Seasons on the Ranch

The hands down best part of ranching, there are seasons. You may be thinking, “Huh?” 

I know, I know, we live in the United States where we all experience four seasons for the most part. What I mean by that is not every stage of production in the beef life cycle has seasons. If you work on a feedlot, your job looks quite the same 365. If you work in backgrounding cattle, you typically do the same drill of buying calves and selling them around the same time frames. Thankfully, there are hardworking men and women out there that love what they do in each of the stages, and they are happy to get up to do the same thing each and every day. If it is up to me, I am choosing life on the ranch. 

Several hundred replacement heifers following the feed truck to grab breakfast after a heavy snow.

On the ranch, you start the year off with calving season, hello sweet babies that I just want to cuddle up with. Fortunately, they have helicopter mothers that keep the stranger-danger at a bare minimum. From calving, we move into branding season, which means we will get to catch up with friends and neighbors when they come to help us get the big workload accomplished. It’s been a while since we’ve seen them because they have also been burning the midnight oil feeding and calving.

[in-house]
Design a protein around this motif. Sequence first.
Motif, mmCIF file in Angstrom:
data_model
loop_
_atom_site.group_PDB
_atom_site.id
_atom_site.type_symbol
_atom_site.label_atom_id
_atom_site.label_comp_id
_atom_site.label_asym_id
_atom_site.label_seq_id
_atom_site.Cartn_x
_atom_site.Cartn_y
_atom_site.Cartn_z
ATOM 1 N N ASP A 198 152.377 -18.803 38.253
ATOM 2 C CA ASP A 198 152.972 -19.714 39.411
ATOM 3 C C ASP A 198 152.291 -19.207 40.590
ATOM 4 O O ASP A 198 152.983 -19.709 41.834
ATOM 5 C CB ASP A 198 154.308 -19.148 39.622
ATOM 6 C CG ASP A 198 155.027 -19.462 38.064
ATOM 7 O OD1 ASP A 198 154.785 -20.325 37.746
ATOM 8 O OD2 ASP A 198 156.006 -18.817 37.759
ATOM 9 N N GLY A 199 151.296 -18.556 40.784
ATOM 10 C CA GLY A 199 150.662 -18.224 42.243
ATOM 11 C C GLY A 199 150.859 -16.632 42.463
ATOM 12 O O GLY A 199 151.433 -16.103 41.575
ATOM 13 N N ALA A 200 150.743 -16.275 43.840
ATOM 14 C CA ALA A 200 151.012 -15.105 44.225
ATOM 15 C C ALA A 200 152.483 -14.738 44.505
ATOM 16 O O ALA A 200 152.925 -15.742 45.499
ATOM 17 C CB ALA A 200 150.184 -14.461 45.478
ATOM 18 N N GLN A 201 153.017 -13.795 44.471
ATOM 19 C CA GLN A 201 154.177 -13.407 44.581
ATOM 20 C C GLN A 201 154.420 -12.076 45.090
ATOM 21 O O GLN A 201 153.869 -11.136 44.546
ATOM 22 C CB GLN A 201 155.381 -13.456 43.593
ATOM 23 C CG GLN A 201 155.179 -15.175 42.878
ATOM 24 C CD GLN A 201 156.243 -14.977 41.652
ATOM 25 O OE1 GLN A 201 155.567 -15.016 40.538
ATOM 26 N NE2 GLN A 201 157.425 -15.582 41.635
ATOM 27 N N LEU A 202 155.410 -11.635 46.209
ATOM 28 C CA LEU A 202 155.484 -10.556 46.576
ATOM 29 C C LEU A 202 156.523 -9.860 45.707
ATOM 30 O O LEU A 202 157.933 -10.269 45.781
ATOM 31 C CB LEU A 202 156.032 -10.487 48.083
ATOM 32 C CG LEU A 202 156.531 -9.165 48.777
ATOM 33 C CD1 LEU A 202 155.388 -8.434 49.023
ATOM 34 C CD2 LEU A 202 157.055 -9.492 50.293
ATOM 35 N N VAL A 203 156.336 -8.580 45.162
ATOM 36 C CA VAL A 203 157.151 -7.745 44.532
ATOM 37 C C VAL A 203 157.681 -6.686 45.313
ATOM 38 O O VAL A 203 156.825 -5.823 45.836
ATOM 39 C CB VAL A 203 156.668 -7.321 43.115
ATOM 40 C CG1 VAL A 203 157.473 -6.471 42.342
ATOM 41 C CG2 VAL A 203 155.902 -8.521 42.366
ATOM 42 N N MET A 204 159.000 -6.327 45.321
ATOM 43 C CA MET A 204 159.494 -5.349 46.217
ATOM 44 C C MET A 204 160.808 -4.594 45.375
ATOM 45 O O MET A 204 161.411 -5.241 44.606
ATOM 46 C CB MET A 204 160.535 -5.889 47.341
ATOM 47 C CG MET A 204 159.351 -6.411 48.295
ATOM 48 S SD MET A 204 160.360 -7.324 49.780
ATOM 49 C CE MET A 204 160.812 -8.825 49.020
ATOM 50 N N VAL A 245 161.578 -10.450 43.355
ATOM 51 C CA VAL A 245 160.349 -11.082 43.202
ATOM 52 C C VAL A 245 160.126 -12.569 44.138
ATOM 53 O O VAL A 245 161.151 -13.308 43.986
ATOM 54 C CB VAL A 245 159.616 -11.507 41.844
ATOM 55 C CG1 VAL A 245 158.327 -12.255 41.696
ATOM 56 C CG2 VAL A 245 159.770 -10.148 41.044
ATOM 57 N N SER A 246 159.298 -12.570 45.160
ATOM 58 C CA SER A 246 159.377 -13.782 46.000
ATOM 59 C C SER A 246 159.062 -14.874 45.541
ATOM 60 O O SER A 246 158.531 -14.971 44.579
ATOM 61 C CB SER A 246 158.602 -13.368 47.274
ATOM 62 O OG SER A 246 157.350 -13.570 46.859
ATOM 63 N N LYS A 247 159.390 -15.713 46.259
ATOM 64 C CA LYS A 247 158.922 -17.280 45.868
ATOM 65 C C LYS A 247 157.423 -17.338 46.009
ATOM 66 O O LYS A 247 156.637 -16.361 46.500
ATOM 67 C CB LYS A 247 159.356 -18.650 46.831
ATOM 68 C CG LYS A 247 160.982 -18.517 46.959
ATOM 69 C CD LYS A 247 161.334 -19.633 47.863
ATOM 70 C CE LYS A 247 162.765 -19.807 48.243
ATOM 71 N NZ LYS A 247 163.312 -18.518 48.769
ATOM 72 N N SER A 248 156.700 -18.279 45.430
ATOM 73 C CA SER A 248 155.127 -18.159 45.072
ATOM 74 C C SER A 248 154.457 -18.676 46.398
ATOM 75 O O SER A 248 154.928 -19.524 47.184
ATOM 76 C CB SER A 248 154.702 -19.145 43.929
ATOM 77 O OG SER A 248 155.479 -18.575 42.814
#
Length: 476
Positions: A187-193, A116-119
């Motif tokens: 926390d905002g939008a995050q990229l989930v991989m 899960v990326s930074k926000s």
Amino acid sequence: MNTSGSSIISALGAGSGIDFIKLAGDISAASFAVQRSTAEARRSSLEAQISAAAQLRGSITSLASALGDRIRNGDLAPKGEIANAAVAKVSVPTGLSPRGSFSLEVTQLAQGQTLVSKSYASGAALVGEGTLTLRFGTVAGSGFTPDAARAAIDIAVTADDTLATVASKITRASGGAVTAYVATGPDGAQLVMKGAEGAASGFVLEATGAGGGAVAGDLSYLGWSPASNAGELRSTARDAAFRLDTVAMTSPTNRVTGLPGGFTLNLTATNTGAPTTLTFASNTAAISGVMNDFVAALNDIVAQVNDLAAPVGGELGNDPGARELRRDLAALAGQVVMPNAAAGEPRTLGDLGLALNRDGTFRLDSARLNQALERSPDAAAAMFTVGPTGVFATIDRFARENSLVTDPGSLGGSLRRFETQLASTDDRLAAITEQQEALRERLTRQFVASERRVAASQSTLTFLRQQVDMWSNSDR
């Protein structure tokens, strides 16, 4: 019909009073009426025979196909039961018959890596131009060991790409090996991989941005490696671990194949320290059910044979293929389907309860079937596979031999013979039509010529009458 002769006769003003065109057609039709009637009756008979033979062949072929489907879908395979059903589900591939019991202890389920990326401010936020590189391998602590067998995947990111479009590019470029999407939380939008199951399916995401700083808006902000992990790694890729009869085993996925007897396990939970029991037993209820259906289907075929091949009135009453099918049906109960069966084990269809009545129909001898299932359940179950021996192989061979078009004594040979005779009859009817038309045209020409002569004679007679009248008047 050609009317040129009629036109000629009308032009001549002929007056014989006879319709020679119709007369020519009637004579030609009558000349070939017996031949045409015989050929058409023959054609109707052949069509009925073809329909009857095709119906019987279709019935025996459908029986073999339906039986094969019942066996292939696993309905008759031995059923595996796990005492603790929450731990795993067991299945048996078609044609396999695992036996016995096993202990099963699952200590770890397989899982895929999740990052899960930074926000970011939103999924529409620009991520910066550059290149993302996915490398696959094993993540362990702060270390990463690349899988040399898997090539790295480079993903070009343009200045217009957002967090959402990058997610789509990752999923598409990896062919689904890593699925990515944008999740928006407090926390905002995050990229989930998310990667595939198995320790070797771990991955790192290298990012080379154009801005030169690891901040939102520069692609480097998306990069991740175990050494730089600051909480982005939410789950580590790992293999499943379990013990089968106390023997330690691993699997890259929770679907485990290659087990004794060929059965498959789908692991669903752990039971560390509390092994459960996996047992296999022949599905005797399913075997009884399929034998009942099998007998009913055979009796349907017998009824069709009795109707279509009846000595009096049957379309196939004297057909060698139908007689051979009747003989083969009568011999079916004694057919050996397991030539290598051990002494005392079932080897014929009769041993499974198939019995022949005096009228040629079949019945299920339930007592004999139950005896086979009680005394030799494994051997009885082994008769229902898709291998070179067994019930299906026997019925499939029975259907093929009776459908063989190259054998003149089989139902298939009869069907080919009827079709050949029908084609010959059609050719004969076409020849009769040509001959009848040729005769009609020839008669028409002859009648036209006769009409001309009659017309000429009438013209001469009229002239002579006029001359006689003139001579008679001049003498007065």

Cows and calves being taken back out to pasture after branding.

Next up, the bulls get turned out with the cows, which is basically the cattle version of The Bachelor. Ranchers are just secretly hoping and anxiously waiting to find out that everyone got a rose. 

Around May or June, we get to start turning cattle out onto public lands, or for some ranches maybe just into a different field.

Once cattle are turned out, we tuck our hay hooks under the seat of the ranch pick-up, and we all take a big sigh of relief. Ahhhh…..

While cattle are out on the range we have to keep a close eye on how much feed and water is available for them, that everyone is where they are supposed to be, and all are alive and well. We may move them from “field” to “field,” but some permits are so large they may get to stay put in paradise for the entire summer. 

Cattle bunched up in front of my horse as we gather them out of a large field.